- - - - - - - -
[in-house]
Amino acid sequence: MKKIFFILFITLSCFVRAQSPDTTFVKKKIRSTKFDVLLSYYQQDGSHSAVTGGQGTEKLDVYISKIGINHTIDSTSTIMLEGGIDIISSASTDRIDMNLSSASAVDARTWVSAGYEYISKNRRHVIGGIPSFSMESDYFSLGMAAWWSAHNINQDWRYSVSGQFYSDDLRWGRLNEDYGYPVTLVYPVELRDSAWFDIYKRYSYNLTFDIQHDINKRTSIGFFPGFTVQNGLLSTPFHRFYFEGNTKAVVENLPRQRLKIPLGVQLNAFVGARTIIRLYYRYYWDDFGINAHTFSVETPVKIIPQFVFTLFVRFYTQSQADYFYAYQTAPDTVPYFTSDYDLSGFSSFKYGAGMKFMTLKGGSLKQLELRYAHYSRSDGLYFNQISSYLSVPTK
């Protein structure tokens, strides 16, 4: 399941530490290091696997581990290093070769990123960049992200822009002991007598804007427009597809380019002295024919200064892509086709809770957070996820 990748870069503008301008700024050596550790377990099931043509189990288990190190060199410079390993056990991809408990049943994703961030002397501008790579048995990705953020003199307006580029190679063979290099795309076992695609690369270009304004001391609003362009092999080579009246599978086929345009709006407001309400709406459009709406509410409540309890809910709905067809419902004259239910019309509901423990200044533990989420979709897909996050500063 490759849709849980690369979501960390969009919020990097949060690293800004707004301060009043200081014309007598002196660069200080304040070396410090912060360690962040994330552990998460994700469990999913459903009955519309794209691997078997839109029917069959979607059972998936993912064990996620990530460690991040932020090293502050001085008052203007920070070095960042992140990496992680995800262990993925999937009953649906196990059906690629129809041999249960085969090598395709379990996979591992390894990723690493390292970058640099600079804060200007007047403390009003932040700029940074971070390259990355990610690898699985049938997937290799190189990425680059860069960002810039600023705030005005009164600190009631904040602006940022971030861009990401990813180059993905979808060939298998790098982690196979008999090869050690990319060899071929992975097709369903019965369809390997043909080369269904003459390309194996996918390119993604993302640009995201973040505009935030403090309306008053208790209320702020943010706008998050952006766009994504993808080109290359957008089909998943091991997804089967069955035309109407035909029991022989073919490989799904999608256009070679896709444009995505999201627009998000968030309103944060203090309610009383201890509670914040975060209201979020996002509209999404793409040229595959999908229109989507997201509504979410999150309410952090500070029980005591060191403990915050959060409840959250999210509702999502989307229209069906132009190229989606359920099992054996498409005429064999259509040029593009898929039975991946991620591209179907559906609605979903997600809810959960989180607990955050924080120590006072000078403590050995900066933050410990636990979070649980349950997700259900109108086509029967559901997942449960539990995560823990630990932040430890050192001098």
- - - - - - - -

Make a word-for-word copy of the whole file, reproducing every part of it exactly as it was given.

[in-house]
Amino acid sequence: MKKIFFILFITLSCFVRAQSPDTTFVKKKIRSTKFDVLLSYYQQDGSHSAVTGGQGTEKLDVYISKIGINHTIDSTSTIMLEGGIDIISSASTDRIDMNLSSASAVDARTWVSAGYEYISKNRRHVIGGIPSFSMESDYFSLGMAAWWSAHNINQDWRYSVSGQFYSDDLRWGRLNEDYGYPVTLVYPVELRDSAWFDIYKRYSYNLTFDIQHDINKRTSIGFFPGFTVQNGLLSTPFHRFYFEGNTKAVVENLPRQRLKIPLGVQLNAFVGARTIIRLYYRYYWDDFGINAHTFSVETPVKIIPQFVFTLFVRFYTQSQADYFYAYQTAPDTVPYFTSDYDLSGFSSFKYGAGMKFMTLKGGSLKQLELRYAHYSRSDGLYFNQISSYLSVPTK
């Protein structure tokens, strides 16, 4: 399941530490290091696997581990290093070769990123960049992200822009002991007598804007427009597809380019002295024919200064892509086709809770957070996820 990748870069503008301008700024050596550790377990099931043509189990288990190190060199410079390993056990991809408990049943994703961030002397501008790579048995990705953020003199307006580029190679063979290099795309076992695609690369270009304004001391609003362009092999080579009246599978086929345009709006407001309400709406459009709406509410409540309890809910709905067809419902004259239910019309509901423990200044533990989420979709897909996050500063 490759849709849980690369979501960390969009919020990097949060690293800004707004301060009043200081014309007598002196660069200080304040070396410090912060360690962040994330552990998460994700469990999913459903009955519309794209691997078997839109029917069959979607059972998936993912064990996620990530460690991040932020090293502050001085008052203007920070070095960042992140990496992680995800262990993925999937009953649906196990059906690629129809041999249960085969090598395709379990996979591992390894990723690493390292970058640099600079804060200007007047403390009003932040700029940074971070390259990355990610690898699985049938997937290799190189990425680059860069960002810039600023705030005005009164600190009631904040602006940022971030861009990401990813180059993905979808060939298998790098982690196979008999090869050690990319060899071929992975097709369903019965369809390997043909080369269904003459390309194996996918390119993604993302640009995201973040505009935030403090309306008053208790209320702020943010706008998050952006766009994504993808080109290359957008089909998943091991997804089967069955035309109407035909029991022989073919490989799904999608256009070679896709444009995505999201627009998000968030309103944060203090309610009383201890509670914040975060209201979020996002509209999404793409040229595959999908229109989507997201509504979410999150309410952090500070029980005591060191403990915050959060409840959250999210509702999502989307229209069906132009190229989606359920099992054996498409005429064999259509040029593009898929039975991946991620591209179907559906609605979903997600809810959960989180607990955050924080120590006072000078403590050995900066933050410990636990979070649980349950997700259900109108086509029967559901997942449960539990995560823990630990932040430890050192001098």